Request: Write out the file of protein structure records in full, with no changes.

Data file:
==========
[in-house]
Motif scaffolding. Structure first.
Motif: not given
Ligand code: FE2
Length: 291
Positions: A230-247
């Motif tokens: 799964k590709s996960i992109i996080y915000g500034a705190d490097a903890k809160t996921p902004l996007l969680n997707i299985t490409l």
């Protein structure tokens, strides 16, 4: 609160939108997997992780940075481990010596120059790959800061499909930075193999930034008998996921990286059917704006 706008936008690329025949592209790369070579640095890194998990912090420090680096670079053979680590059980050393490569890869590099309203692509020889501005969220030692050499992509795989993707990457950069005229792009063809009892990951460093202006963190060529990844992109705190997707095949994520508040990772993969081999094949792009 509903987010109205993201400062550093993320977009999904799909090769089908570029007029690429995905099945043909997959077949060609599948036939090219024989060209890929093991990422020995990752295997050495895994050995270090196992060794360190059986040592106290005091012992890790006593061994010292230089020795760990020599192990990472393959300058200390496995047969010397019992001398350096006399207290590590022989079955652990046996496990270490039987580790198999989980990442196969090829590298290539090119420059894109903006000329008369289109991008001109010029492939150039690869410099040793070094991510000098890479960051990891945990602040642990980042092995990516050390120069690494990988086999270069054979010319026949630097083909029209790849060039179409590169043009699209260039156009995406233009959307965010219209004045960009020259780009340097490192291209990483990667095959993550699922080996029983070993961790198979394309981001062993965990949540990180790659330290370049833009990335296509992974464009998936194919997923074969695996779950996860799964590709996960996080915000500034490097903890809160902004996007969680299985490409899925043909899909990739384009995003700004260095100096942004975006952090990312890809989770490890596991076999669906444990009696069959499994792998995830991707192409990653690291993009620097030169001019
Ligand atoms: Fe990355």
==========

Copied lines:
[in-house]
Motif scaffolding. Structure first.
Motif: not given
Ligand code: FE2
Length: 291
Positions: A230-247
């Motif tokens: 799964k590709s996960i992109i996080y915000g500034a705190d490097a903890k809160t996921p902004l996007l969680n997707i299985t490409l």
């Protein structure tokens, strides 16, 4: 609160939108997997992780940075481990010596120059790959800061499909930075193999930034008998996921990286059917704006 706008936008690329025949592209790369070579640095890194998990912090420090680096670079053979680590059980050393490569890869590099309203692509020889501005969220030692050499992509795989993707990457950069005229792009063809009892990951460093202006963190060529990844992109705190997707095949994520508040990772993969081999094949792009 509903987010109205993201400062550093993320977009999904799909090769089908570029007029690429995905099945043909997959077949060609599948036939090219024989060209890929093991990422020995990752295997050495895994050995270090196992060794360190059986040592106290005091012992890790006593061994010292230089020795760990020599192990990472393959300058200390496995047969010397019992001398350096006399207290590590022989079955652990046996496990270490039987580790198999989980990442196969090829590298290539090119420059894109903006000329008369289109991008001109010029492939150039690869410099040793070094991510000098890479960051990891945990602040642990980042092995990516050390120069690494990988086999270069054979010319026949630097083909029209790849060039179409590169043009699209260039156009995406233009959307965010219209004045960009020259780009340097490192291209990483990667095959993550699922080996029983070993961790198979394309981001062993965990949540990180790659330290370049833009990335296509992974464009998936194919997923074969695996779950996860799964590709996960996080915000500034490097903890809160902004996007969680299985490409899925043909899909990739384009995003700004260095100096942004975006952090990312890809989770490890596991076999669906444990009696069959499994792998995830991707192409990653690291993009620097030169001019
Ligand atoms: Fe990355």